If you suspect that someone you care about suffers from an addictive gaming disorder, there are some important signs to watch out for. If you’re trying to tell if someone has a serious video game problem, consider these questions:
- Are they becoming isolated from family and friends?
- Are they lying to others about how often they play video games, and do they often play in secret?
- Do they become upset and irritable when they’re not playing video games?
- Are they neglecting work or school to play video games?
- Are they avoiding activities they once enjoyed?
- Are they skipping meals to focus on gaming?
- Are they often tired because they’re not getting enough sleep?
- Do they have physical problems from gaming too much, like carpal tunnel syndrome, migraines, and eye strain?
Get Help During COVID-19
With just 30 days at a rehab center, you can get clean and sober, start therapy, join a support group, and learn ways to manage your cravings.
What Causes Video Game Addiction?
Studies show that most people who are struggling with the symptoms of video game addiction are playing multiplayer games on the Internet. MMPORGs are especially addictive because they offer an endless adventure inside a fantasy world where players can essentially live a different life as a new person. They provide an opportunity to escape reality and leave behind problems of the real world.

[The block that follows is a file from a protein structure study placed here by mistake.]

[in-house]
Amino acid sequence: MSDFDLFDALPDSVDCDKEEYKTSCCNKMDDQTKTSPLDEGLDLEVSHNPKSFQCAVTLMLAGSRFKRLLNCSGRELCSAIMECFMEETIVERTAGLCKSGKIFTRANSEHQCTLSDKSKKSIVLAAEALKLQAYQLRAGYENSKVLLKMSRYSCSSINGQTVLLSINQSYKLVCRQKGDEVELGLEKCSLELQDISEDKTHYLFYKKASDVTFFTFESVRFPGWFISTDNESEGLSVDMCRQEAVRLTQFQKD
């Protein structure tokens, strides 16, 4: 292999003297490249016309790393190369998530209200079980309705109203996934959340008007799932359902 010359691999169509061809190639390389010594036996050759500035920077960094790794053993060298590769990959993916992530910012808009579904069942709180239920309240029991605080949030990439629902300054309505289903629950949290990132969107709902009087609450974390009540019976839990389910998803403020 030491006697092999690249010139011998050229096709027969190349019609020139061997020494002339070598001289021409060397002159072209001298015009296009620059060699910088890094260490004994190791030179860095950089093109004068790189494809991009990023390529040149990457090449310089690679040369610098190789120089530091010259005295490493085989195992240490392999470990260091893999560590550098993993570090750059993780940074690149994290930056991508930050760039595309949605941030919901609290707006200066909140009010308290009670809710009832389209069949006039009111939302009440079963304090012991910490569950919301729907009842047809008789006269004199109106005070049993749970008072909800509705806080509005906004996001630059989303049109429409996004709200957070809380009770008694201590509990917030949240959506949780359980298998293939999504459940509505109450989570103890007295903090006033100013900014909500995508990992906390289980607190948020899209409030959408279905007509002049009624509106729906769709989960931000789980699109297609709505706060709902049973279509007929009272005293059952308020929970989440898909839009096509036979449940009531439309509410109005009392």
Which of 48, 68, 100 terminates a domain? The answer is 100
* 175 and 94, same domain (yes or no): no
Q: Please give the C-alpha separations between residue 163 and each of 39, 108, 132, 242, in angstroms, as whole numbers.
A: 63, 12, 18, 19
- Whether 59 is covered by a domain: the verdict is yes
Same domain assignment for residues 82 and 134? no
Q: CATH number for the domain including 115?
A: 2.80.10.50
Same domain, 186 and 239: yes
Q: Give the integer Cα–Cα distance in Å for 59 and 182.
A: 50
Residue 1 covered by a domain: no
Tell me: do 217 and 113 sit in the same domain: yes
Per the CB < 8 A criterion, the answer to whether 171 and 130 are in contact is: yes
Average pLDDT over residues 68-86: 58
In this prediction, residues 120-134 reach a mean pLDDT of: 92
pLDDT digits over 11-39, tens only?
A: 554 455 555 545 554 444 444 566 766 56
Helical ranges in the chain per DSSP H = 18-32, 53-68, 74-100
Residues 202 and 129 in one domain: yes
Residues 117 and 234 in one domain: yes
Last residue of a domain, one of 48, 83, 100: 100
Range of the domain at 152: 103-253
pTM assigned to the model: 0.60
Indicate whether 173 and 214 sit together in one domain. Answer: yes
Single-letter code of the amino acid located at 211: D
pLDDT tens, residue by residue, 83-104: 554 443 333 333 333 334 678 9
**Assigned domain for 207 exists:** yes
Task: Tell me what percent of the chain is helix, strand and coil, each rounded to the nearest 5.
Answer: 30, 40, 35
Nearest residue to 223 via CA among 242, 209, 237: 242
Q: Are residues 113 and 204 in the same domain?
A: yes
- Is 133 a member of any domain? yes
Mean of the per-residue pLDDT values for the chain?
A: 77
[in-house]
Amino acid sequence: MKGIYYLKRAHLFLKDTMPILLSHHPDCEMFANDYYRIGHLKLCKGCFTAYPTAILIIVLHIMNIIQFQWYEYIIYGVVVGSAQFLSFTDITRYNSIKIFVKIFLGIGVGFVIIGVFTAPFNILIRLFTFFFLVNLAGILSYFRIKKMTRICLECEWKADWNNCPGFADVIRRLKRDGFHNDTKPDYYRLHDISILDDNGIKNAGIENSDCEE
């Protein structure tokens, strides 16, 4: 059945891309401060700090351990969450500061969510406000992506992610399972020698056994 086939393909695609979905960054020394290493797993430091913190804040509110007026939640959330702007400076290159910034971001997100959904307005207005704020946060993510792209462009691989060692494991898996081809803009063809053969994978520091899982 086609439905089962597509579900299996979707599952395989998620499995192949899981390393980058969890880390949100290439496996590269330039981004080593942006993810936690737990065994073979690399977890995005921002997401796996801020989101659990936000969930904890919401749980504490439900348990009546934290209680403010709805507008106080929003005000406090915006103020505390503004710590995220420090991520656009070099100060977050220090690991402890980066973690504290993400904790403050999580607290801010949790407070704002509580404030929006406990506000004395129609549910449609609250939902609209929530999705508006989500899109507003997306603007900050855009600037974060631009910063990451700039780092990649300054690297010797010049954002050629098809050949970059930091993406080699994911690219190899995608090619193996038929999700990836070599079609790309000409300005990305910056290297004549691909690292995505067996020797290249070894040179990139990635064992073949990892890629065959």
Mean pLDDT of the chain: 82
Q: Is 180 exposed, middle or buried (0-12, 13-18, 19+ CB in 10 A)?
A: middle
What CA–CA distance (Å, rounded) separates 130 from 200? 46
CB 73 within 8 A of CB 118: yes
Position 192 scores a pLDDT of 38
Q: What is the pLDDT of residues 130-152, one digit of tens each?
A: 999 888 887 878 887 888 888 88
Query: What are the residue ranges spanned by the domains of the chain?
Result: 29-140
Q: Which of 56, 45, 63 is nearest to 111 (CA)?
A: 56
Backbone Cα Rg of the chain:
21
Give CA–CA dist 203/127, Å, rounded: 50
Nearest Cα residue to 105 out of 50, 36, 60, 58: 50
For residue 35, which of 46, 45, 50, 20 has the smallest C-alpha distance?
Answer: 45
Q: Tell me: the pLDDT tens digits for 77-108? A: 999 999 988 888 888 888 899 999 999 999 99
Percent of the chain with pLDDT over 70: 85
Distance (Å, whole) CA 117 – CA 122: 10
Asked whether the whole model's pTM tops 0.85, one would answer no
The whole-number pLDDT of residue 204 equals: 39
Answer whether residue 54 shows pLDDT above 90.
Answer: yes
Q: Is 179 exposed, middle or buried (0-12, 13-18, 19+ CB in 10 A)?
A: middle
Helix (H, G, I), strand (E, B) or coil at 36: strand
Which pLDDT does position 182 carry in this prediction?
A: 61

Furthermore, MMPORGs and other multiplayer games host large communities of players where many people feel welcome, appreciated, and useful (something they may not feel often in the real world). An MMPORG player can join clans, help others players, make friends, and develop a status. Although the setting is virtual, the relationships are real. For the player, the sense of being part of something and having a role to play can be important and meaningful, especially if the player does not experience social gratification in real life. For many people with a video game addiction, playing the game is not just “for fun.” It is their social life and a pillar of their self-esteem. Video games which exist on social media closely coincide with social media addiction, another behavioral disorder which thrives on the feeling of being accepted.
The desire for escapism and social acceptance may not be the only cause of video game addiction. Numerous studies have sought to establish the relationship between video game addiction and other mental health problems. One 2016 study suggests that people who are depressed and cope with problems in an avoidant way are more likely to become addicted to video games. Another study from 2017 found a strong correlation between video game addiction and anxiety disorders, although it’s not clear whether the addiction causes the anxiety or if the anxiety contributes to the addiction.